The masterclass is offered to a group of maximum 14 mid-career professionals in conservation including conservators of cultural heritage, art historians, curators, collection manager, and conservation scientists. The participants of the masterclass will receive funding for travel and accommodation.
The participants of the masterclass will be selected via an open call which closing date is 14 December 2019.
For further information including registration, agenda, and program, please see https://www.uva.nl/the-dutch-method-unfolded.
For inquiries please contact the program organization at email@example.com.
Further information on the initiative can be found at:
Free speech, religion and political culture in northern Europe, 1400-1750
Edinburgh, 16-17 April 2020
Organization: Alasdair Raffe (University of Edinburgh), Martine Veldhuizen (Utrecht University)
This workshop explores aspects of ‘freedom of speech’ in late medieval and early modern northern Europe. Freedom of speech was by no means a fundamental right in the late middle ages and early modern period, and yet expressions of critical opinions towards power were always possible and often widespread. They could be uttered verbally, through the spoken or written word, but also through other sign systems and media, ranging from the sound of musical instruments to heraldic languages.
The Edinburgh workshop will analyse the practice of free speech, paying particular attention to the expression of controversial religious and political ideas. Much recent scholarship has examined the circulation of news and information, the mobilisation and manipulation of political opinions and the media of public debate. Other works have broadened our understanding of religious debates and dissent, especially in the two centuries after the Reformation. Building on this research, speakers at the workshop will examine claims to freedom of religious and political speech. Some contributors will discuss theoretical arguments in defence of free speech, others the media and linguistic character of ‘free’ utterances. Papers will assess instances of free speech in historical and literary contexts, and trace the consequences of speaking up for an opinion. We invite case studies that can help us to address large, pan-European questions regarding free speech.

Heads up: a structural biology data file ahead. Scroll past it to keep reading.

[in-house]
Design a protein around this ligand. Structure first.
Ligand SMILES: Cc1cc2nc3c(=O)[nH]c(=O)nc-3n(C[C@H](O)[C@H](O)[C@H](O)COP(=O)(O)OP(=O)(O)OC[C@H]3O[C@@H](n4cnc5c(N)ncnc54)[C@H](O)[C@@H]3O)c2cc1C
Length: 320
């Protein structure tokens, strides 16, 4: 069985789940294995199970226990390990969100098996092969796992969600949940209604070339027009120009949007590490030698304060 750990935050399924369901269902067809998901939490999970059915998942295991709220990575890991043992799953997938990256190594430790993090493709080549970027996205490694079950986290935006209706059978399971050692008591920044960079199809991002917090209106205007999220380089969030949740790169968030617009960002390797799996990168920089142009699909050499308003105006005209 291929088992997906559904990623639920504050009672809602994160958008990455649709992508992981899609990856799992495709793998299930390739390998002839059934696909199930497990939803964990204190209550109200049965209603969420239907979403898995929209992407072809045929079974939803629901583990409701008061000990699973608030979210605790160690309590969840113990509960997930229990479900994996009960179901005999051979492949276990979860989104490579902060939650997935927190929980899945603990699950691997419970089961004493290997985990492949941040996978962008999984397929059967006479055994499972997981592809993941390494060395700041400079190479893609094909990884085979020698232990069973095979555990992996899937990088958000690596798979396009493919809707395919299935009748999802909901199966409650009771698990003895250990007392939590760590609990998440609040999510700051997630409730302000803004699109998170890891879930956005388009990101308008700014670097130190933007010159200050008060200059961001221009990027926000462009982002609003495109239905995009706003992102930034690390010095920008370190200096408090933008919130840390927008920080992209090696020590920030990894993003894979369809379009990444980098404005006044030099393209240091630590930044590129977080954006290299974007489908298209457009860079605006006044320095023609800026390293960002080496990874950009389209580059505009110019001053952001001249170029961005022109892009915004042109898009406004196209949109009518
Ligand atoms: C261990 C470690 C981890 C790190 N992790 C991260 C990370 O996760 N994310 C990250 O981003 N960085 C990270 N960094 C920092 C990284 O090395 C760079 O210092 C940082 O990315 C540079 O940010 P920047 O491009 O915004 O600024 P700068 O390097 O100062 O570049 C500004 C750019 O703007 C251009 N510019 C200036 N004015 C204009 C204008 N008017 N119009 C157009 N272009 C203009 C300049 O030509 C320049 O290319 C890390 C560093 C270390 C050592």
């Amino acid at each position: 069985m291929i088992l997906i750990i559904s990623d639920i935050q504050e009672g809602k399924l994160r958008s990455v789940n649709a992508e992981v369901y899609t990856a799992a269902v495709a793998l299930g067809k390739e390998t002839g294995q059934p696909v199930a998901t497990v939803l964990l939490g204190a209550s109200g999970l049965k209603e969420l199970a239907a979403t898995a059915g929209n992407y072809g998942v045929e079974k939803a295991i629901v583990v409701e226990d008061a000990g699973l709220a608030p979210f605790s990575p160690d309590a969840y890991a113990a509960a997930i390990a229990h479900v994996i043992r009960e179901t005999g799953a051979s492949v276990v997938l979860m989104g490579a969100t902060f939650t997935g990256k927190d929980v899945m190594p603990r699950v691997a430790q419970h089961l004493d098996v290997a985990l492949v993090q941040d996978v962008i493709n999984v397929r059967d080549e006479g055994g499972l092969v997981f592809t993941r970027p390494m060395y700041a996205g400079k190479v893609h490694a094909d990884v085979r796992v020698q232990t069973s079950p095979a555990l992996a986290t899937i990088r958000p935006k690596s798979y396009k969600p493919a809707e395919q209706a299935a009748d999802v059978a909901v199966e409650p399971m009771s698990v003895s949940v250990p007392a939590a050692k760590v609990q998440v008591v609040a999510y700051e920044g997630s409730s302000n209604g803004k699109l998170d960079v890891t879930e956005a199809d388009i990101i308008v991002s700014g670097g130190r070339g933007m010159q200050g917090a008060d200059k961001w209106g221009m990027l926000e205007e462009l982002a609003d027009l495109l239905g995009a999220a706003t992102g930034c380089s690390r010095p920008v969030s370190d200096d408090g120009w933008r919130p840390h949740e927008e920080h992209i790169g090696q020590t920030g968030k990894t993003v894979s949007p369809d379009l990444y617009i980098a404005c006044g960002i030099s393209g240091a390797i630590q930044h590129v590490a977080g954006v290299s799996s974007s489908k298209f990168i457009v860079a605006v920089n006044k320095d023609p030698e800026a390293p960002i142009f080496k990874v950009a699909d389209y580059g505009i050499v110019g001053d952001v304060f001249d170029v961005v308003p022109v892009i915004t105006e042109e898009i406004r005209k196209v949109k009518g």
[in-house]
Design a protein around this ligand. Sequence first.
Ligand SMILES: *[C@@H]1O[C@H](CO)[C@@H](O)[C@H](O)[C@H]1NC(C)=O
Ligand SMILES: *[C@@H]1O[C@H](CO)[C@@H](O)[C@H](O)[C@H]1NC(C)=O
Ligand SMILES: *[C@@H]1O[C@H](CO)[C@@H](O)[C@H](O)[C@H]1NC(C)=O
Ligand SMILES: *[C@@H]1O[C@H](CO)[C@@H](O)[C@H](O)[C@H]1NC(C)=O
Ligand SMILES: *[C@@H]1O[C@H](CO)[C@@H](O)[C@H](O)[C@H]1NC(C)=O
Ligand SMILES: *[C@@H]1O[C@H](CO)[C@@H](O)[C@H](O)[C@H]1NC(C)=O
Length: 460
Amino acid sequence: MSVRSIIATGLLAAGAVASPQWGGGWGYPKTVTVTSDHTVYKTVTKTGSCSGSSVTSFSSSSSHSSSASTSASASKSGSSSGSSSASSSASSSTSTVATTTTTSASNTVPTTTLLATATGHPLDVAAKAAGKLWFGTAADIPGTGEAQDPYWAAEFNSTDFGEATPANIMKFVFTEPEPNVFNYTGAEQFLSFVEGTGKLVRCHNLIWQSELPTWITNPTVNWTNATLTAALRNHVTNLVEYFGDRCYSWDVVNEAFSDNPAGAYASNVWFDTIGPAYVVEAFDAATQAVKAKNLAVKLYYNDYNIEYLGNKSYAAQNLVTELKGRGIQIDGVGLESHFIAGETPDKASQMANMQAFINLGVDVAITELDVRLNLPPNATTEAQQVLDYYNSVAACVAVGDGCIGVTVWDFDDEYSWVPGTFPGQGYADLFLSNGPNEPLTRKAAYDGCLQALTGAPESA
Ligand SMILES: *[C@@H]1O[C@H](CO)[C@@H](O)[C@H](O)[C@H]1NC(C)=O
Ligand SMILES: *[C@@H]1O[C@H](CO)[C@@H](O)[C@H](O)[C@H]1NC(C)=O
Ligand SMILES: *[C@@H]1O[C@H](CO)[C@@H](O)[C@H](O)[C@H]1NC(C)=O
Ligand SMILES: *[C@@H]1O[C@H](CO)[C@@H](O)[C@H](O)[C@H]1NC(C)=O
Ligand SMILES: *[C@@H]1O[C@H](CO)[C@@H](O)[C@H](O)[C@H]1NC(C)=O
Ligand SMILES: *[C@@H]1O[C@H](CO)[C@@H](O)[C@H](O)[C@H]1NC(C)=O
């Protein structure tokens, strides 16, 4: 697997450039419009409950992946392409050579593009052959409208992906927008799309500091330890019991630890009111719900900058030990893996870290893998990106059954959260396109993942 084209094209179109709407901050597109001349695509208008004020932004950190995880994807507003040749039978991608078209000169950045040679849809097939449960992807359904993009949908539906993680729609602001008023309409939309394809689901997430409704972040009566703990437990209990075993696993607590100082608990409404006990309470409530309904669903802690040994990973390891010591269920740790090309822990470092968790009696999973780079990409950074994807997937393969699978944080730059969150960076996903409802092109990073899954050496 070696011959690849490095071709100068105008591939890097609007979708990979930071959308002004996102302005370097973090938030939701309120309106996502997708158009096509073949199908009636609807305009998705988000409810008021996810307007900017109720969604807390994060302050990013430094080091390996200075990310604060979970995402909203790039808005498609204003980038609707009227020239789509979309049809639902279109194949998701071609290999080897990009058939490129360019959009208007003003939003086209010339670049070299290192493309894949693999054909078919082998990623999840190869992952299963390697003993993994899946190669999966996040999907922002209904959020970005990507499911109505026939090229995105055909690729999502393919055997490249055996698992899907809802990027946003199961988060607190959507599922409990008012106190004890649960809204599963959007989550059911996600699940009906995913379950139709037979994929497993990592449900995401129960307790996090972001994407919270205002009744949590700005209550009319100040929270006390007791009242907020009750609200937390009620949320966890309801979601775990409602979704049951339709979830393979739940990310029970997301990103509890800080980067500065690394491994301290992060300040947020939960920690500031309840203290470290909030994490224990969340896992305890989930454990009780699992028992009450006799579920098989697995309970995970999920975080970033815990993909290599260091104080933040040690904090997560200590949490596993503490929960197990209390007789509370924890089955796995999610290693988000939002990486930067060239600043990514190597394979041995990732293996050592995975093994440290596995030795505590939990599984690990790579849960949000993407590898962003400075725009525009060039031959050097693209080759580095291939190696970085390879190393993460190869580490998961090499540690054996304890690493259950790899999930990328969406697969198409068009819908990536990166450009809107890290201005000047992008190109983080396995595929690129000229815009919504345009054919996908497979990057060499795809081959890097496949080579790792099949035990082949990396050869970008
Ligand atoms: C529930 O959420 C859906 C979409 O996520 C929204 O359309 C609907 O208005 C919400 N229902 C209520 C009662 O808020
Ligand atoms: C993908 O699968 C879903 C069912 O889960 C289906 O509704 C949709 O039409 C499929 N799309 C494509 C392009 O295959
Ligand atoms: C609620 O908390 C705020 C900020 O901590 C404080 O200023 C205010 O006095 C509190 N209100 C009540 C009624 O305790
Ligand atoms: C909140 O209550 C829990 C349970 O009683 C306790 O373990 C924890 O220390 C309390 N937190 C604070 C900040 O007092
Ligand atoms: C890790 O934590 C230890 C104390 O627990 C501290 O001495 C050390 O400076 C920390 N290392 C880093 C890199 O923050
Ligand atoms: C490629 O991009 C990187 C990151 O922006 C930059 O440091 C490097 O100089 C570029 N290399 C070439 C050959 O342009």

The workshop will consider the following questions:
- How did late-medieval and early modern Europeans think about and defend free speech?
- Which media and forms of language were used to express religious and political ideas? What determined the choice of particular media and forms of language?
- What kind of messages were spread? Were they subversive or did they legitimise power?
- How was free speech received? What were the effects of free speech in the development of religious communities, political attitudes and subversive movements?
- Can ‘European’ patterns be distinguished, or were the practices of free speech determined more by national, provincial and local institutions and norms?
We invite proposals from historians, literary and linguistic scholars. We would particularly welcome contributions from advanced PhD students and postdoctoral scholars. Papers should be twenty-five minutes in length and given in English.
Abstracts of 300 words, together with a one-page CV, should be sent to Alasdair Raffe (firstname.lastname@example.org) by Friday 6 December 2019.